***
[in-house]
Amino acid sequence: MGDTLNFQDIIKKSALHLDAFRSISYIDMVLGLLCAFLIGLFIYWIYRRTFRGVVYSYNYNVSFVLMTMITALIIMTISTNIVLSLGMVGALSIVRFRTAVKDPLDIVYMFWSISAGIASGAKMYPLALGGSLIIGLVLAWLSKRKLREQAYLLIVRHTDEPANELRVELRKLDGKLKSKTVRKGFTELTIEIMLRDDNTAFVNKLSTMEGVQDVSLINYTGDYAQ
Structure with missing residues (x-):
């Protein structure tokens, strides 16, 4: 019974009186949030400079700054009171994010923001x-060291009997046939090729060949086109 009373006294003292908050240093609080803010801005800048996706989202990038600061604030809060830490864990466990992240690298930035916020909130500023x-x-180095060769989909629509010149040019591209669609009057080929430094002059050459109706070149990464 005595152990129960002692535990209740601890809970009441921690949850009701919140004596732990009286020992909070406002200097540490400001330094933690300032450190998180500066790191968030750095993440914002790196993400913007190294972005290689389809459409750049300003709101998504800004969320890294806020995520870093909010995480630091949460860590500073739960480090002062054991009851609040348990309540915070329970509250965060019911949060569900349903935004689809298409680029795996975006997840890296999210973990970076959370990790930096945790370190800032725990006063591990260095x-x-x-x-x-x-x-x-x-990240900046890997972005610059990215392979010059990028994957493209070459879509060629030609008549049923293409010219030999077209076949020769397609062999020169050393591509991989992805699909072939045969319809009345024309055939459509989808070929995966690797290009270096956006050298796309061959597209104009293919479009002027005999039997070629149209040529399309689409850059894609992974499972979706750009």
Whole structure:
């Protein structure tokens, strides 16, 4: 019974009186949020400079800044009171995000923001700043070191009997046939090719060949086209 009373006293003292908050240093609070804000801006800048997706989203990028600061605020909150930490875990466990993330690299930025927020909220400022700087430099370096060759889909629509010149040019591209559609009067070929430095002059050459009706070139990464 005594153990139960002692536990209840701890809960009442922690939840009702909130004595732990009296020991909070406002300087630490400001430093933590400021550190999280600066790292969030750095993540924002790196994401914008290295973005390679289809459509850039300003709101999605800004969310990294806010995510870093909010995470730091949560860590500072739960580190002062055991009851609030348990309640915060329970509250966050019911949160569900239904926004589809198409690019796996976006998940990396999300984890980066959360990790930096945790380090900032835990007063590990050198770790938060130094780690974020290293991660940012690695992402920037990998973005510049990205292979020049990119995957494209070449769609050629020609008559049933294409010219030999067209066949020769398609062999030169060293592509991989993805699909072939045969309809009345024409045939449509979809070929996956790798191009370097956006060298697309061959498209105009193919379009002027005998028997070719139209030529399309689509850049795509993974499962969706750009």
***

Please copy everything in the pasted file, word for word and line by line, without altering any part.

[in-house]
Amino acid sequence: MGDTLNFQDIIKKSALHLDAFRSISYIDMVLGLLCAFLIGLFIYWIYRRTFRGVVYSYNYNVSFVLMTMITALIIMTISTNIVLSLGMVGALSIVRFRTAVKDPLDIVYMFWSISAGIASGAKMYPLALGGSLIIGLVLAWLSKRKLREQAYLLIVRHTDEPANELRVELRKLDGKLKSKTVRKGFTELTIEIMLRDDNTAFVNKLSTMEGVQDVSLINYTGDYAQ
Structure with missing residues (x-):
């Protein structure tokens, strides 16, 4: 019974009186949030400079700054009171994010923001x-060291009997046939090729060949086109 009373006294003292908050240093609080803010801005800048996706989202990038600061604030809060830490864990466990992240690298930035916020909130500023x-x-180095060769989909629509010149040019591209669609009057080929430094002059050459109706070149990464 005595152990129960002692535990209740601890809970009441921690949850009701919140004596732990009286020992909070406002200097540490400001330094933690300032450190998180500066790191968030750095993440914002790196993400913007190294972005290689389809459409750049300003709101998504800004969320890294806020995520870093909010995480630091949460860590500073739960480090002062054991009851609040348990309540915070329970509250965060019911949060569900349903935004689809298409680029795996975006997840890296999210973990970076959370990790930096945790370190800032725990006063591990260095x-x-x-x-x-x-x-x-x-990240900046890997972005610059990215392979010059990028994957493209070459879509060629030609008549049923293409010219030999077209076949020769397609062999020169050393591509991989992805699909072939045969319809009345024309055939459509989808070929995966690797290009270096956006050298796309061959597209104009293919479009002027005999039997070629149209040529399309689409850059894609992974499972979706750009």
Whole structure:
């Protein structure tokens, strides 16, 4: 019974009186949020400079800044009171995000923001700043070191009997046939090719060949086209 009373006293003292908050240093609070804000801006800048997706989203990028600061605020909150930490875990466990993330690299930025927020909220400022700087430099370096060759889909629509010149040019591209559609009067070929430095002059050459009706070139990464 005594153990139960002692536990209840701890809960009442922690939840009702909130004595732990009296020991909070406002300087630490400001430093933590400021550190999280600066790292969030750095993540924002790196994401914008290295973005390679289809459509850039300003709101999605800004969310990294806010995510870093909010995470730091949560860590500072739960580190002062055991009851609030348990309640915060329970509250966050019911949160569900239904926004589809198409690019796996976006998940990396999300984890980066959360990790930096945790380090900032835990007063590990050198770790938060130094780690974020290293991660940012690695992402920037990998973005510049990205292979020049990119995957494209070449769609050629020609008559049933294409010219030999067209066949020769398609062999030169060293592509991989993805699909072939045969309809009345024409045939449509979809070929996956790798191009370097956006060298697309061959498209105009193919379009002027005998028997070719139209030529399309689509850049795509993974499962969706750009």